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    ABSTRACT: Regret is an unavoidable corollary of clinical practice. Physicians and nurses perform countless clinical decisions and actions, in a context characterised by time pressure, information overload, complexity and uncertainty. To explore feelings associated with regretted clinical decisions or interventions of hospital-based physicians and nurses and to examine how these regrets are coped with. Qualitative study of a volunteer sample of 12 physicians and 13 nurses from Swiss University Hospitals using semi-structured interviews and thematic analysis All interviewees reported at least one intense regret, which sometimes led to sleep problems, or taking sickness leave. Respondents also reported an accumulation effect of small and large regrets, which sometimes led to quitting one's unit or choosing another specialty. Respondents used diverse ways of coping with regrets, including changing their practices and seeking support from peers and family but also suppression of thoughts related to the situation and ruminations on the situation. Another coping strategy was acceptance of one's limits and of medicine's limits. Physicians reported that they avoided sharing with close colleagues because they felt they could lose their credibility. Since regret seems related to both positive and negative consequences, it is important to learn more about regret coping among healthcare providers and to determine whether training in coping strategies could help reduce negative consequences such as sleep problems, absenteeism, or turnover.
    PLoS ONE 08/2011; 6(8):e23138. DOI:10.1371/journal.pone.0023138 · 3.23 Impact Factor
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    • "Prior work has considered the effects of errors on clinicians themselves, both as members of an imperfect and ''dangerous'' profession, and as individuals whose mistakes have harmed patients (Christensen et al., 1992; Engel et al., 2006; Gallagher et al., 2003; Goldberg et al., 2002; Hilfiker, 1984; Levinson & Dunn, 1989; Mizrahi, 1984; Newman, 1996; Wears & Wu, 2002; West et al., 2006; Wu et al., 1991; Wu, Folkman, McPhee, & Lo, 1993). The long-term effects of making mistakes may include symptoms of depression and burnout (Gallagher et al., 2003; Giannetti, 2003; Goldberg et al., 2002; Hilfiker, 1984; Wears & Wu, 2002; West et al., 2006; Yee, 2002). Yet few have discussed the possible utility of blame, although Wu et al. (1991) found that physicians who accepted responsibility for mistakes were more likely to report improvements in their practice. "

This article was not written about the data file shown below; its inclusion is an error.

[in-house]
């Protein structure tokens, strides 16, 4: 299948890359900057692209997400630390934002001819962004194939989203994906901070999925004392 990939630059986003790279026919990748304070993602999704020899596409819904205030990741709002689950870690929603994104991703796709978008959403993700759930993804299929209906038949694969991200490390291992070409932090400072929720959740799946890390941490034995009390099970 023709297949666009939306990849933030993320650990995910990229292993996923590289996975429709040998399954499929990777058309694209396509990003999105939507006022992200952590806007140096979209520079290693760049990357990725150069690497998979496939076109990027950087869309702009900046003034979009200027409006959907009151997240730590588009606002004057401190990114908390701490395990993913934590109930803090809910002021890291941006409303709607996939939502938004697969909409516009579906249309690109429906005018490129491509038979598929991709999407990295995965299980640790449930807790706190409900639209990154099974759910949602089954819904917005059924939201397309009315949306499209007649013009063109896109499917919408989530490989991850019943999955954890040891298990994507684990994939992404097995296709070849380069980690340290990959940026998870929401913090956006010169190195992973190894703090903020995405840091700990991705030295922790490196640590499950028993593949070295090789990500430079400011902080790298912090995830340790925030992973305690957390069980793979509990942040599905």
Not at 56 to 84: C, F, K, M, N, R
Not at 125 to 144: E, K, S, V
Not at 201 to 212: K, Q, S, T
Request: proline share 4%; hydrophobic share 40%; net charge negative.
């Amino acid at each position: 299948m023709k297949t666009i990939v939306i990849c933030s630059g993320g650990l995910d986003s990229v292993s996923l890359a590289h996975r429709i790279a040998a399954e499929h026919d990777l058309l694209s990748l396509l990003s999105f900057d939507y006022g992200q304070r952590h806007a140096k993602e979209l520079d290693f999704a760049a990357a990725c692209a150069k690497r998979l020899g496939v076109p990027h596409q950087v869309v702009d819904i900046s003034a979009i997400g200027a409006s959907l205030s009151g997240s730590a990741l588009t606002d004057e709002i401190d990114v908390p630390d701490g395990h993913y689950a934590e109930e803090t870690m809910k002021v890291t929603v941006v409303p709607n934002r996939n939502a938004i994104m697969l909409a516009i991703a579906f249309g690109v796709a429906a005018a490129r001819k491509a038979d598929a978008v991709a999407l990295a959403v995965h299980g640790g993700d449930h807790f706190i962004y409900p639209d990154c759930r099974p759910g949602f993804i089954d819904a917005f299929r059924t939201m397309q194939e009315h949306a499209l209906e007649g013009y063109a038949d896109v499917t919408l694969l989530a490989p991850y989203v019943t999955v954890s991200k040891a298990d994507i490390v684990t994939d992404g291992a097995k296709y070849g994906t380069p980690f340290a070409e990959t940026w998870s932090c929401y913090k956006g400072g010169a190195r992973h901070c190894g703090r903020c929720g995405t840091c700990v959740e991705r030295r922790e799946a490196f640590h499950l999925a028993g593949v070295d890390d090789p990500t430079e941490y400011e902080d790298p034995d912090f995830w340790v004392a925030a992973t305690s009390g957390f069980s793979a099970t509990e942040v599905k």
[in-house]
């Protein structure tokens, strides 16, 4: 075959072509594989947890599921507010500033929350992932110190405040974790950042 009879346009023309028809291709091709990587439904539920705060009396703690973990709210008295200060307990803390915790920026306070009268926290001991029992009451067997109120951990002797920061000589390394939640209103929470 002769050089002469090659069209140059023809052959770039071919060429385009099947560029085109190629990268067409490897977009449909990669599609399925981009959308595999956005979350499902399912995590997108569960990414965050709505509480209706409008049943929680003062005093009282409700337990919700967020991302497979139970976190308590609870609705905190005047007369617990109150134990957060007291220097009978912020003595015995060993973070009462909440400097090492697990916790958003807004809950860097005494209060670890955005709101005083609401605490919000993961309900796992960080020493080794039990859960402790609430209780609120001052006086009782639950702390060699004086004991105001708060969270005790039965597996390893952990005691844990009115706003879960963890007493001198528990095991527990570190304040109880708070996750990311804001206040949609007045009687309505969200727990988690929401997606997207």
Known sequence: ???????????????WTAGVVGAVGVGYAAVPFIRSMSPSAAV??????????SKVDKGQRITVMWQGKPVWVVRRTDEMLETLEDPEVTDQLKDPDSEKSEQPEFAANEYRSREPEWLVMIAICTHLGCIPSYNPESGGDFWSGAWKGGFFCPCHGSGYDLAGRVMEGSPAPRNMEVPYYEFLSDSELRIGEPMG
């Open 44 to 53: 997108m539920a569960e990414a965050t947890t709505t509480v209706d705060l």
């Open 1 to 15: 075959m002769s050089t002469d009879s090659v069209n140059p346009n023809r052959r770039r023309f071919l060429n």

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    ABSTRACT: Official policy-making bodies and experts in medical error have called for a shift in perspective to a blame-free culture within medicine, predicated on the basis that errors are largely attributable to systems rather than individuals. However, little is known about how the lived experience of blame in medical care relates to prospects for such a shift. In this essay we explore the benefits and costs of blame in medical culture. Our observations are informed by our clinical experience and supported by interview data from a study in which 163 American physicians were interviewed about caring for a total of 66 dying patients in two institutions. We observe three ways in which blame is invoked: (1) self-blame, (2) blame of impersonal forces or the "system," and (3) blame of others. Physicians articulate several important functions of blame: as a stimulus for learning and improvement; as a way to empathically allow physicians to forgive mistakes when others accept responsibility using self-blame; and as a way to achieve control over clinical outcomes. We argue that, since error is viewed as a personal failing and tends to evoke substantial self-blame, physicians do not tend to think of errors in a systems context. Given that physicians' ideology of self-blame is ingrained, accompanied by benefits, and limits a systems perspective on error, it may subvert attempts to establish a blame-free culture.
    Social Science [?] Medicine 09/2009; 69(9):1287-90. DOI:10.1016/j.socscimed.2009.08.033 · 2.89 Impact Factor